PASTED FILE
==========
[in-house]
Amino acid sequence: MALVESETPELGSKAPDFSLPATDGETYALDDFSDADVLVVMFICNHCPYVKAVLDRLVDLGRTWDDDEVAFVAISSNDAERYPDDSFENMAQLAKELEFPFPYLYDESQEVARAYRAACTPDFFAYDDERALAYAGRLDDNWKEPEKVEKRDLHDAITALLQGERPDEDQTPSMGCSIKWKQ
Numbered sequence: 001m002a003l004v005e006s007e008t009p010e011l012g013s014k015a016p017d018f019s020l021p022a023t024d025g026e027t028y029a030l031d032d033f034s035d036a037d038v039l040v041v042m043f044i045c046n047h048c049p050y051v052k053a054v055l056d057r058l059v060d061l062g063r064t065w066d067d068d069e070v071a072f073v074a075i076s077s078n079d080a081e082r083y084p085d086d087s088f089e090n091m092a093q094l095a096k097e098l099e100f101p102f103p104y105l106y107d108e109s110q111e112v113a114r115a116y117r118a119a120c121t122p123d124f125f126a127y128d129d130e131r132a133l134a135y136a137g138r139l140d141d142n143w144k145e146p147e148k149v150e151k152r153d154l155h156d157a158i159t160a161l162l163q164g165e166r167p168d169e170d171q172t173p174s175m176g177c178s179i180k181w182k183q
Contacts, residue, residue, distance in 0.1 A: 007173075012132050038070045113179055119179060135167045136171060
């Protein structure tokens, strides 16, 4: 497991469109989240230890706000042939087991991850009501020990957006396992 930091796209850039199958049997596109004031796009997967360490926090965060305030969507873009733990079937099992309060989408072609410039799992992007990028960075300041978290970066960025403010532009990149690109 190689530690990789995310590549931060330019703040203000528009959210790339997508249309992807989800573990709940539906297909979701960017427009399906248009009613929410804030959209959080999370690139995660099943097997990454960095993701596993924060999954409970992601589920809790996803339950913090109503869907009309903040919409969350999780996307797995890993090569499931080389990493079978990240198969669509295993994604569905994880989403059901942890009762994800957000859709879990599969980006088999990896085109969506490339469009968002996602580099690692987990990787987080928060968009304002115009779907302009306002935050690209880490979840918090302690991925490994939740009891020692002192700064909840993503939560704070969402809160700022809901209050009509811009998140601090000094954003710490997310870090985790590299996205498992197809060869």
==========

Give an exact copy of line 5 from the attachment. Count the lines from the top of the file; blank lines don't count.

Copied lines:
């Protein structure tokens, strides 16, 4: 497991469109989240230890706000042939087991991850009501020990957006396992 930091796209850039199958049997596109004031796009997967360490926090965060305030969507873009733990079937099992309060989408072609410039799992992007990028960075300041978290970066960025403010532009990149690109 190689530690990789995310590549931060330019703040203000528009959210790339997508249309992807989800573990709940539906297909979701960017427009399906248009009613929410804030959209959080999370690139995660099943097997990454960095993701596993924060999954409970992601589920809790996803339950913090109503869907009309903040919409969350999780996307797995890993090569499931080389990493079978990240198969669509295993994604569905994880989403059901942890009762994800957000859709879990599969980006088999990896085109969506490339469009968002996602580099690692987990990787987080928060968009304002115009779907302009306002935050690209880490979840918090302690991925490994939740009891020692002192700064909840993503939560704070969402809160700022809901209050009509811009998140601090000094954003710490997310870090985790590299996205498992197809060869």